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HR News: Federal Government sets start date for 10-day paid sick leave

One thing that the pandemic made painfully clear is how unprepared we are as a country to deal with any sort of widespread health crisis or even just a few sick people in the workplace at a time.

Workers have sometimes been forced to choose between coming to work sick or with symptoms and putting others at risk or staying home and losing income they can’t afford to live without.

Many countries have taken this as a chance to rethink their national policies to support workers through health care challenges, and Canada is no different.

That’s why one of Justin Trudeau’s electoral promises was to introduce 10 days of paid sick leave for all workers within the first 100 days of his government, and it looks like his government is taking steps towards that goal.

In a virtual meeting between Seamus O’Regan Jr, Canadian minister of labour, and his provincial and territorial counterparts on June 28th, he shared that the federal government would be moving ahead with its plan to introduce the 10 days of paid sick leave for some workers before the year ends.[1]

The changes to the benefit would be introduced as an amendment to the Canada Labour Code. They would apply to federally regulated employees in sectors such as banking, telecommunications, and transportation.

O’Regan Jr. confirmed that the legislation would come into effect before December 1st, 2022 and that discussions were ongoing to expand the legislation to cover all workers in Canada.

Support for paid sick leave

This legislation has been a long time coming, and it’s an essential step in protecting the health and safety of workers across the country.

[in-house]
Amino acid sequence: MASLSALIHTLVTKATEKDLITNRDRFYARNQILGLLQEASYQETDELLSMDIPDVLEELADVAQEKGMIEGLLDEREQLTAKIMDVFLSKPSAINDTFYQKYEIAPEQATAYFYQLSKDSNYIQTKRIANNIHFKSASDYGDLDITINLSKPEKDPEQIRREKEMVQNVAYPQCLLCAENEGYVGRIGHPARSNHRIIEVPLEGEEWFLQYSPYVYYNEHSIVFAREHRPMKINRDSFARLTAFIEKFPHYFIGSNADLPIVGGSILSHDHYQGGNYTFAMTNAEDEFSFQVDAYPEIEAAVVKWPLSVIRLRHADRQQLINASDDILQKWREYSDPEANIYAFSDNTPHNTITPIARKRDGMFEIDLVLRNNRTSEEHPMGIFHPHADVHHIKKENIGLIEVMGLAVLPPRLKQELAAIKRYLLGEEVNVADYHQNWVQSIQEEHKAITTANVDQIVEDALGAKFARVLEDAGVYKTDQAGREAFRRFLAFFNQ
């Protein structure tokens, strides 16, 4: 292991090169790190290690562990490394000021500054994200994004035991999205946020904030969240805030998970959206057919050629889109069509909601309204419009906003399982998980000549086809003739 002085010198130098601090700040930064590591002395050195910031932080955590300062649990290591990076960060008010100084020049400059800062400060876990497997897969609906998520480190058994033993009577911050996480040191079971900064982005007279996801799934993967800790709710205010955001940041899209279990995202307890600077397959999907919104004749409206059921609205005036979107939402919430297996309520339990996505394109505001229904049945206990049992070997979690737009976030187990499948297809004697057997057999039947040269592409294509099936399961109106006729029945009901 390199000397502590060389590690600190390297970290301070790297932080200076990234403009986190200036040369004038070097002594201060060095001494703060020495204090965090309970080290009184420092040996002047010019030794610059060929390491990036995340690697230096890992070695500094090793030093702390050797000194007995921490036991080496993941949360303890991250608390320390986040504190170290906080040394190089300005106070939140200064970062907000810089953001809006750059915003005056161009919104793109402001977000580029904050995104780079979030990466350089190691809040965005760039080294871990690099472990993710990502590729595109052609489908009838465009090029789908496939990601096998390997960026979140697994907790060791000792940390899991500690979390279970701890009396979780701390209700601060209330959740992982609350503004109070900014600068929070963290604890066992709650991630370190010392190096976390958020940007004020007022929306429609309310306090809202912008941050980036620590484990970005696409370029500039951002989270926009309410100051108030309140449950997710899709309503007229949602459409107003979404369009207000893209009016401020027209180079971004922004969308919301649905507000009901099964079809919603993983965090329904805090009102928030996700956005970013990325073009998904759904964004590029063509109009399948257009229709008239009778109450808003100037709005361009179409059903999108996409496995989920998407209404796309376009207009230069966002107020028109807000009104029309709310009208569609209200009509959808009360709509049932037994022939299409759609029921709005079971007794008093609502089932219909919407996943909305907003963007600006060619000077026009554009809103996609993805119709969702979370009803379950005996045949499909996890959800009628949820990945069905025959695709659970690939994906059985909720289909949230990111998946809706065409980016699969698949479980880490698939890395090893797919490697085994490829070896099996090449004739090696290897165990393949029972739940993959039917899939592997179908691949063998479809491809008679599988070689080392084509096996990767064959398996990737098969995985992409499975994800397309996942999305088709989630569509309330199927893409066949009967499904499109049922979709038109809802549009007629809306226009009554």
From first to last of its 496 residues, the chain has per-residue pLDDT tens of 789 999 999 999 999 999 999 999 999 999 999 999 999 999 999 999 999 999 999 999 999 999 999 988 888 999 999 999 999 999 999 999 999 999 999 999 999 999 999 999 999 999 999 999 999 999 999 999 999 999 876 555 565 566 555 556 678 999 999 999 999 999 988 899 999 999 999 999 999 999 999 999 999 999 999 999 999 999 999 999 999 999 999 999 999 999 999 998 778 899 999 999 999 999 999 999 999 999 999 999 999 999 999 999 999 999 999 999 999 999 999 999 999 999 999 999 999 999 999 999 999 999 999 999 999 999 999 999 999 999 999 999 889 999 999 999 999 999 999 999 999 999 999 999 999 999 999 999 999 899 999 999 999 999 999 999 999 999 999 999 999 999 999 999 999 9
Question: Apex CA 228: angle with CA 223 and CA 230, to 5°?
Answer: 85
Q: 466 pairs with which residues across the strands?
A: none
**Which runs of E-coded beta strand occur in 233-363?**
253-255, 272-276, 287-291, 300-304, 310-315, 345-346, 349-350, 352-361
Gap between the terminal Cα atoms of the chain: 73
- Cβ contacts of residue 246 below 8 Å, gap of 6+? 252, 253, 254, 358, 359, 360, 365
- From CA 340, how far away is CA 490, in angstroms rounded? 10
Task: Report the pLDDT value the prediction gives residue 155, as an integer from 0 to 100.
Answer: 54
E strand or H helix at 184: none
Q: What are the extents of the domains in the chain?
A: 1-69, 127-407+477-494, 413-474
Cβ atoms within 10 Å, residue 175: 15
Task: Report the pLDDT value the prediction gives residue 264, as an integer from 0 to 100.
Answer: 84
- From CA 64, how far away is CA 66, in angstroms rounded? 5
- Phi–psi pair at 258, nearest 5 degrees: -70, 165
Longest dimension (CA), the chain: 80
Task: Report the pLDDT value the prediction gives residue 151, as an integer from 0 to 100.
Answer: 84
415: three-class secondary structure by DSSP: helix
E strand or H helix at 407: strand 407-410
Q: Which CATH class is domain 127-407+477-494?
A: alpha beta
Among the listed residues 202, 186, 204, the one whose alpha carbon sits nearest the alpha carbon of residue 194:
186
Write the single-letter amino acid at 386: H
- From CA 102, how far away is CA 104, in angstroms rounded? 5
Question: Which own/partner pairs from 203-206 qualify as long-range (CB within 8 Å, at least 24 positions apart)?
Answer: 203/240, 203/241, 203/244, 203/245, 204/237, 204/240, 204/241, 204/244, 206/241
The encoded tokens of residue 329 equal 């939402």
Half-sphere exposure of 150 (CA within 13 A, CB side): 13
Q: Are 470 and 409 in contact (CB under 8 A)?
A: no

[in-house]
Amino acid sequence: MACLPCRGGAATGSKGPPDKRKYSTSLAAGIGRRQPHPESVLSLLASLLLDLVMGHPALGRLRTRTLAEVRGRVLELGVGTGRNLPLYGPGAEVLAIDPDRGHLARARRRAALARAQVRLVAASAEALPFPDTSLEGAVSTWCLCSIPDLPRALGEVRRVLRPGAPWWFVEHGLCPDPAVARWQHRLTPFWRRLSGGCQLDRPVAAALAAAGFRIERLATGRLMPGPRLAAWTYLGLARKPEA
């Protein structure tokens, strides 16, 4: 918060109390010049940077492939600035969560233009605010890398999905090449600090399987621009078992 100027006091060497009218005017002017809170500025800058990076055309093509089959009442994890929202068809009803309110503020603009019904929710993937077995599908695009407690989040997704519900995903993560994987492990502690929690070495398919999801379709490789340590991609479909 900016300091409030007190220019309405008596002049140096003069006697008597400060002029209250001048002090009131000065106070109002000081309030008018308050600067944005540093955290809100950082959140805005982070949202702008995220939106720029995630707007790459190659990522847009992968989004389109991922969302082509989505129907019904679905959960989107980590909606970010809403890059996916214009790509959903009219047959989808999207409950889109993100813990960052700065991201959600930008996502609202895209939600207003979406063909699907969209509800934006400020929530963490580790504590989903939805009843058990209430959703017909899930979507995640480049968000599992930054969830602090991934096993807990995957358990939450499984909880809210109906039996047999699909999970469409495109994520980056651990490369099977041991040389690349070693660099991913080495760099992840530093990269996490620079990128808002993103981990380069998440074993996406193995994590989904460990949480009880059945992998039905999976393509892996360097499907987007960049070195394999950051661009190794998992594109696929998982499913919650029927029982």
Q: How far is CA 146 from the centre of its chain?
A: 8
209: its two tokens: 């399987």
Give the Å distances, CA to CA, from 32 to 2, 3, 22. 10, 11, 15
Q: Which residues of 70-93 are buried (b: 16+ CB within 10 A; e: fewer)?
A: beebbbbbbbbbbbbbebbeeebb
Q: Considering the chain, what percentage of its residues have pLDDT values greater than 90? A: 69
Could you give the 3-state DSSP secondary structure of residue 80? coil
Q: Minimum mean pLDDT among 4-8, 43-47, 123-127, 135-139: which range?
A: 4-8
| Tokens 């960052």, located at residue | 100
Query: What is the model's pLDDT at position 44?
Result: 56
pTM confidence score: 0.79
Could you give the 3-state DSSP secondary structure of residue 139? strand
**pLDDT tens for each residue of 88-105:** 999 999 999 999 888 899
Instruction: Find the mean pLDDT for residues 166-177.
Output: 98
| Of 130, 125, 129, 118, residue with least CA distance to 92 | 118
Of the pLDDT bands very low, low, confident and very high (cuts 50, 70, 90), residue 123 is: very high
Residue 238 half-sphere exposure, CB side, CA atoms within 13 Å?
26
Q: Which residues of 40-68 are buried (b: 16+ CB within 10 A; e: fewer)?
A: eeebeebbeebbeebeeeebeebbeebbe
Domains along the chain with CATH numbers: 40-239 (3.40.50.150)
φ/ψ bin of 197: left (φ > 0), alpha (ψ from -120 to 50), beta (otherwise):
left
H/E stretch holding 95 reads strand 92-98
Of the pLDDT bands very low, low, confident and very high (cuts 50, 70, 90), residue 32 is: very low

In May 2020, when Prime Minister Justin Trudeau promised to introduce paid sick leave for all workers as a part of his government’s response to the COVID-19 pandemic, he stated that no worker should have to choose between staying home when sick and being able to pay their bills. [2]

After the election, Trudeau has received pressure from various sectors to deliver on this promise quickly, as the pandemic continues to cause uncertainty in many provinces.
A month after Trudeau won his re-election bid, health workers were already urging the government to act on this promise. Canada was lagging behind other countries in its response to the pandemic. [3]

And in November 2021, a group of over 30 employers across Canada also called on the government to take action to introduce paid sick leave in an open letter to Trudeau.
Some of the businesses in the group from Ontario, Alberta, Newfoundland and Labrador, British Columbia and Quebec already offer their employees some form of paid sick days. Still, they said a national standard is needed, both as an essential public health policy, but also as a way to boost the economy.

Sick leave during the pandemic


As the pandemic brought the need for paid sick leave into sharp focus, many governments and businesses adapted their policies to support workers.
In April 2021, Ontario passed the COVID-19 Putting Workers First Act 2021 to give workers in the province access to sick days for COVID-19-related absences, including self-isolation. However, they voted down Bill 247, a motion that would require all employers to provide workers with personal emergency leave. [4]

British Colombia also moved to give all workers in the province up to three days of paid sick leave for COVID-19-related absences. The BC government is now working on a permanent paid sick leave program that will offer three, five or ten days of paid leave per year.[5]

Nova Scotia introduced a law in May 2021 that gave workers in the province up to four days of paid sick leave for COVID-19-related absences. Their COVID-10 Sick Leave Program was projected to help over 100,000 locals, and the government committed to investing $16 million to support it. [6]

Other governments, like Manitoba and Saskatchewan, also introduced or expanded existing programs to offer paid sick days for COVID-19-related absences.

But a report from the Institute of Research on Public Policy (IRPP) suggested that the programs were not sufficient to meet the needs of workers and proposed 15 days of paid sick leave as a standard.

Even as COVID-19 seems to be losing steam, it’s evident that the need for paid sick leave is here to stay, beyond the pandemic, and that workers across the country will benefit from this new legislation and any possible expansions to come.

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